A genome-wide association study identifies a novel major locus for glycemic control in type 1 diabetes, as measured by both HbA1c and glucose.

  1. Andrew D. Paterson (andrew.paterson{at}utoronto.ca)(1)(4),
  2. Daryl Waggott(2),
  3. Andrew P. Boright(3),
  4. S. Mohsen Hosseini(1),
  5. Enqing Shen(2),
  6. Marie-Pierre Sylvestre(2),
  7. Isidro Wong(1),
  8. Bhupinder Bharaj(1),
  9. Patricia A. Cleary(5),
  10. John M. Lachin(5),
  11. MAGIC,
  12. Jennifer E. Below(8),
  13. Dan Nicolae(8),
  14. Nancy J. Cox(8),
  15. Angelo J. Canty(6),
  16. Lei Sun(4)(7),
  17. Shelley B. Bull(2)(4) and
  18. The Diabetes Control and Complications Trial/Epidemiology of Diabetes Interventions and Complications Research Group
  1. 1. Program in Genetics and Genome Biology, Hospital for Sick Children, Toronto, Canada
  2. 2. Samuel Lunenfeld Research Institute of Mount Sinai Hospital, Prosserman Centre for Health Research, Toronto, Canada
  3. 3. Department of Medicine, University Health Network, University of Toronto, Toronto, Canada
  4. 4. Dalla Lana School of Public Health, University of Toronto, Toronto, Canada
  5. 5. The Biostatistics Center, The George Washington University, Rockville, Maryland
  6. 6. Department of Mathematics and Statistics, McMaster University, Hamilton, Ontario, Canada
  7. 7. Department of Statistics, University of Toronto, Canada
  8. 8. Department of Genetics, University of Chicago, IL


    Background: Glycemia is a major risk factor for the development of long-term complications in type 1 diabetes, however no specific genetic loci have been identified for glycemic control in persons with type 1 diabetes. To identify such loci in type 1 diabetes, we analyzed longitudinal repeated measures of HbA1c from the Diabetes Control and Complications Trial (DCCT).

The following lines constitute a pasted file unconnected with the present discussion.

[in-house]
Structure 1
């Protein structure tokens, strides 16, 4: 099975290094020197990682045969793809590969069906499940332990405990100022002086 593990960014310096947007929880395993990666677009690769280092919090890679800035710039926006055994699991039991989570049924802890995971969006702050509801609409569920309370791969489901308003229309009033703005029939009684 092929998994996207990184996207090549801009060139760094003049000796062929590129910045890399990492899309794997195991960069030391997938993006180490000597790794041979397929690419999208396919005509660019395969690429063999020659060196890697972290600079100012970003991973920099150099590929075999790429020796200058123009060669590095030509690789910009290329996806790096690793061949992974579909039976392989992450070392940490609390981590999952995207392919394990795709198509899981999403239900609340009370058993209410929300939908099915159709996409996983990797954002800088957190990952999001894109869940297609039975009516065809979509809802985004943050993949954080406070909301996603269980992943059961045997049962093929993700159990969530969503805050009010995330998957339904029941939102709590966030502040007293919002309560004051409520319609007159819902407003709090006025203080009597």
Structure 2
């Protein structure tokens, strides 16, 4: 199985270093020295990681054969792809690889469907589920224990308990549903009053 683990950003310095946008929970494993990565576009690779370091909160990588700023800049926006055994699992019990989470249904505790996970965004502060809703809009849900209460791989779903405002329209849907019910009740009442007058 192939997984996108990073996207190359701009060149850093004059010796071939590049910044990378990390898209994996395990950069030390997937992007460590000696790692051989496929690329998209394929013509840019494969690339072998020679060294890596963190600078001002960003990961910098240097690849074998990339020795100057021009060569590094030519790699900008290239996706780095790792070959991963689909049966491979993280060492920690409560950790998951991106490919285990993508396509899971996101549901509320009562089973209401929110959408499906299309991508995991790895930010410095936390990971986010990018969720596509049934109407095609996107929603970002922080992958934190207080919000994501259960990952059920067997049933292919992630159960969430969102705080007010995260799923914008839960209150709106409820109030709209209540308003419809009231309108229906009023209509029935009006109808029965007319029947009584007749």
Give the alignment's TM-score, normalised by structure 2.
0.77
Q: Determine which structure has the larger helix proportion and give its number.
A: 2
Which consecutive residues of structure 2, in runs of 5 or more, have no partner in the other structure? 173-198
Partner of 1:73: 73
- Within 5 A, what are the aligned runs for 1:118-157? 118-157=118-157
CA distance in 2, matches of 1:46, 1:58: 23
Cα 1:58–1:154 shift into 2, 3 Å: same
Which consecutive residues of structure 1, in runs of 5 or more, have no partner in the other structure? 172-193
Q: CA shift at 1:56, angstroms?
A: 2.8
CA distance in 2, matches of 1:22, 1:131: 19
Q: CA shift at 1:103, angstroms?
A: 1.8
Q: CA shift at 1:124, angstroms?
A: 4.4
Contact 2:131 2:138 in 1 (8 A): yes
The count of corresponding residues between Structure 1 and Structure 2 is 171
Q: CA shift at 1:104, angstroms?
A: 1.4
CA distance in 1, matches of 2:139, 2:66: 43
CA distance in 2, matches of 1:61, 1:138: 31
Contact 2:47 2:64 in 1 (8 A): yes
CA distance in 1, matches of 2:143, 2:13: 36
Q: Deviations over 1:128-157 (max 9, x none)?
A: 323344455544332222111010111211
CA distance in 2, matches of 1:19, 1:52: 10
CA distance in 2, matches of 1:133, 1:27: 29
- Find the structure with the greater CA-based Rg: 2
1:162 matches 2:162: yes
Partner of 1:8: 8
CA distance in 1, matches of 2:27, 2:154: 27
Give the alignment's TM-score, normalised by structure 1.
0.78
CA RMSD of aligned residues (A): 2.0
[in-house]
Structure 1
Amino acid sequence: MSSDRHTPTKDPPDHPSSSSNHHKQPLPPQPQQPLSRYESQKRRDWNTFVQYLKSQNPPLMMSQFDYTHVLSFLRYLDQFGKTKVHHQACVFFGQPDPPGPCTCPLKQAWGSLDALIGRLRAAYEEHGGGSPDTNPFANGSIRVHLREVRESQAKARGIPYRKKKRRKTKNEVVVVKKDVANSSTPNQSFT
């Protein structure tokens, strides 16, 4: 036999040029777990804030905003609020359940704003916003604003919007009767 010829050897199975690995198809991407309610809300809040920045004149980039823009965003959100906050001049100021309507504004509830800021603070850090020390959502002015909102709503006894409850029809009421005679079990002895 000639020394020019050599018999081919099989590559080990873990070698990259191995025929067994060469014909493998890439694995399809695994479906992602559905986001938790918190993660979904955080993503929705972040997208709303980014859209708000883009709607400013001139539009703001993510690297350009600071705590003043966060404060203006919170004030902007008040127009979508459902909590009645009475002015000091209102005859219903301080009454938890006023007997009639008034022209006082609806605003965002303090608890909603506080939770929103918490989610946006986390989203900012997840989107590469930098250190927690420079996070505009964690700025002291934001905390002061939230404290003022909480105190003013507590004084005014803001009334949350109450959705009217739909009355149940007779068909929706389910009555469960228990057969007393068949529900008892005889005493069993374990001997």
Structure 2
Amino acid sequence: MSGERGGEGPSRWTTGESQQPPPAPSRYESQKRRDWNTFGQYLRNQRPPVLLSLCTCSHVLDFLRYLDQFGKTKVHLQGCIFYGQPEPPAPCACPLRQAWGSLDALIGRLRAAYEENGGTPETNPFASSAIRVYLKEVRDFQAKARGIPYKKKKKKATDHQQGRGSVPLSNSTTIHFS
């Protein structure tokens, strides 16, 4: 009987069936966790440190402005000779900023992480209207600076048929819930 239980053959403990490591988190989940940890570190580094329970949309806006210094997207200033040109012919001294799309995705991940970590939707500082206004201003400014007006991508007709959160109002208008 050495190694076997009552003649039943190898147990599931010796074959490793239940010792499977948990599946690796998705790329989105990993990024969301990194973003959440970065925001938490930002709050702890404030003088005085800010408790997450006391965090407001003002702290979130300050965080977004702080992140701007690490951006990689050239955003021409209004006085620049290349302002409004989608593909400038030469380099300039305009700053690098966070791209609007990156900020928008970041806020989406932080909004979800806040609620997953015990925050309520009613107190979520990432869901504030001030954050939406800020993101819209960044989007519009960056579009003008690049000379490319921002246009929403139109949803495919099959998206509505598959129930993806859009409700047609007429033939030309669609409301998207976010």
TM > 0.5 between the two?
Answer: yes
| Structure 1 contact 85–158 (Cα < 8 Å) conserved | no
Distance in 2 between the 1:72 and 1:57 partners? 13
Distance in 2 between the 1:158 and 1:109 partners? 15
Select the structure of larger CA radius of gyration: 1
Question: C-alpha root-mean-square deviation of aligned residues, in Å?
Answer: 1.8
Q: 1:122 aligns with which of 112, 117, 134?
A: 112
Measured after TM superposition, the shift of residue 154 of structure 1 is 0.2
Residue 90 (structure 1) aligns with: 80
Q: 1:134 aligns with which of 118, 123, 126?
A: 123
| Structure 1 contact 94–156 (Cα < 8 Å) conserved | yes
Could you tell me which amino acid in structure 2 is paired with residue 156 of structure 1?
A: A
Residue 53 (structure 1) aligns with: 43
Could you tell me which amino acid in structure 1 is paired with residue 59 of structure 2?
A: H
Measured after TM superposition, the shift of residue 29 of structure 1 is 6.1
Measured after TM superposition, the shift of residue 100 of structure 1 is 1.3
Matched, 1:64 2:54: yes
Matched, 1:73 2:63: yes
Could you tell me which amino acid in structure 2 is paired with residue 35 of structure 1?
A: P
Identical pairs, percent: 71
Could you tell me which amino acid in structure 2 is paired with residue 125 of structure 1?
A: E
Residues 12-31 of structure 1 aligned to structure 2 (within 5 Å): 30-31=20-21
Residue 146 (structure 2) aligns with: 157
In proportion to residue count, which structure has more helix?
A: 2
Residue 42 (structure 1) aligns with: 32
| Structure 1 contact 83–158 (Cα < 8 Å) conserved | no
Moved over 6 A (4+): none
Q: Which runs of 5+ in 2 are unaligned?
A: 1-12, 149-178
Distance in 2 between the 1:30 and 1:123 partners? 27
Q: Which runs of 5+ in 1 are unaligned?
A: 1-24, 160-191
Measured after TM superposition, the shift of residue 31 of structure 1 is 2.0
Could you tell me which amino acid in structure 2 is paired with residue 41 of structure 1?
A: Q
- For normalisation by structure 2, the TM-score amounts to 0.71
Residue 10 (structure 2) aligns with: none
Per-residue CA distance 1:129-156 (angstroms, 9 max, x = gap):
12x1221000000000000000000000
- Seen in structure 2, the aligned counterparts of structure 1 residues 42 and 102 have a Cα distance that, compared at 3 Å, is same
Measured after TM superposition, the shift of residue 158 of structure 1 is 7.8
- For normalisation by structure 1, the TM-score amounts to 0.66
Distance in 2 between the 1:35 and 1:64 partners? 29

Methods: We performed a genome-wide association study using the mean of quarterly HbA1c values measured over 6.5 years, separately in the conventional (n=667) and intensive (n=637) treatment groups of the DCCT. At loci of interest, linear mixed models were used to take advantage of all the repeated measures. We then assessed the association of these loci with capillary glucose, and repeated measures of multiple complications of diabetes.

    Results: We identified a major locus for HbA1c levels in the conventional treatment group near SORCS1 (10q25.1, p=7×10−10) which was also associated with mean glucose (p=2×10−5). This was confirmed using HbA1c in the intensive treatment group (p=0.01). Other loci achieved evidence close to genome-wide significance: 14q32.13 (GSC) and 9p22 (BNC2) in the combined treatment groups; 15q21.3 (WDR72) in the intensive group. Further, these loci gave evidence for association with diabetic complications, specifically SORCS1 with hypoglycemia, and BNC2 with renal and retinal complications. We replicated the SORCS1 association in GoKinD controls (p=0.01), and the BNC2 association with HbA1c in non-diabetic individuals.

    Conclusions: A major locus for HbA1c and glucose in individuals with diabetes is near SORCS1. This may influence the design and analysis of genetic studies attempting to identify risk factors for long-term diabetic complications.


      • Received May 1, 2009.
      • Accepted October 20, 2009.

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